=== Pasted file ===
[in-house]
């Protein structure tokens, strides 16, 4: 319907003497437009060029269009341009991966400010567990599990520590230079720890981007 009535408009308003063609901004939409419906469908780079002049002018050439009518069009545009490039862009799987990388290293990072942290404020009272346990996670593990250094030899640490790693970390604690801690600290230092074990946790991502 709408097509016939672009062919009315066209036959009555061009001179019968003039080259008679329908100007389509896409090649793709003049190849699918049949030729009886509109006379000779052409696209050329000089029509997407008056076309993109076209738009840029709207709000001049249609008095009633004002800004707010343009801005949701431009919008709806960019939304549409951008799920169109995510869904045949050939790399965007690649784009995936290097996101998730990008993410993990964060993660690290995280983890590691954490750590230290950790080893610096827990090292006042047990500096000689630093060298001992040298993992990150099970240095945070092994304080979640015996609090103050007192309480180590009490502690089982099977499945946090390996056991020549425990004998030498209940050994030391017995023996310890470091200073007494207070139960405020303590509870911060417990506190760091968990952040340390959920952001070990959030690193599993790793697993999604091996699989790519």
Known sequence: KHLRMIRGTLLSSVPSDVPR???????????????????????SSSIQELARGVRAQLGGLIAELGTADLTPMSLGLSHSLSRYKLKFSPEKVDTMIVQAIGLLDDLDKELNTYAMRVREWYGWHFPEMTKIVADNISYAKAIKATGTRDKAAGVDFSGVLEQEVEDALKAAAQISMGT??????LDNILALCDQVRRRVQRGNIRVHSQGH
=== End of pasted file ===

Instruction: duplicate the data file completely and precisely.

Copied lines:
[in-house]
């Protein structure tokens, strides 16, 4: 319907003497437009060029269009341009991966400010567990599990520590230079720890981007 009535408009308003063609901004939409419906469908780079002049002018050439009518069009545009490039862009799987990388290293990072942290404020009272346990996670593990250094030899640490790693970390604690801690600290230092074990946790991502 709408097509016939672009062919009315066209036959009555061009001179019968003039080259008679329908100007389509896409090649793709003049190849699918049949030729009886509109006379000779052409696209050329000089029509997407008056076309993109076209738009840029709207709000001049249609008095009633004002800004707010343009801005949701431009919008709806960019939304549409951008799920169109995510869904045949050939790399965007690649784009995936290097996101998730990008993410993990964060993660690290995280983890590691954490750590230290950790080893610096827990090292006042047990500096000689630093060298001992040298993992990150099970240095945070092994304080979640015996609090103050007192309480180590009490502690089982099977499945946090390996056991020549425990004998030498209940050994030391017995023996310890470091200073007494207070139960405020303590509870911060417990506190760091968990952040340390959920952001070990959030690193599993790793697993999604091996699989790519």
Known sequence: KHLRMIRGTLLSSVPSDVPR???????????????????????SSSIQELARGVRAQLGGLIAELGTADLTPMSLGLSHSLSRYKLKFSPEKVDTMIVQAIGLLDDLDKELNTYAMRVREWYGWHFPEMTKIVADNISYAKAIKATGTRDKAAGVDFSGVLEQEVEDALKAAAQISMGT??????LDNILALCDQVRRRVQRGNIRVHSQGH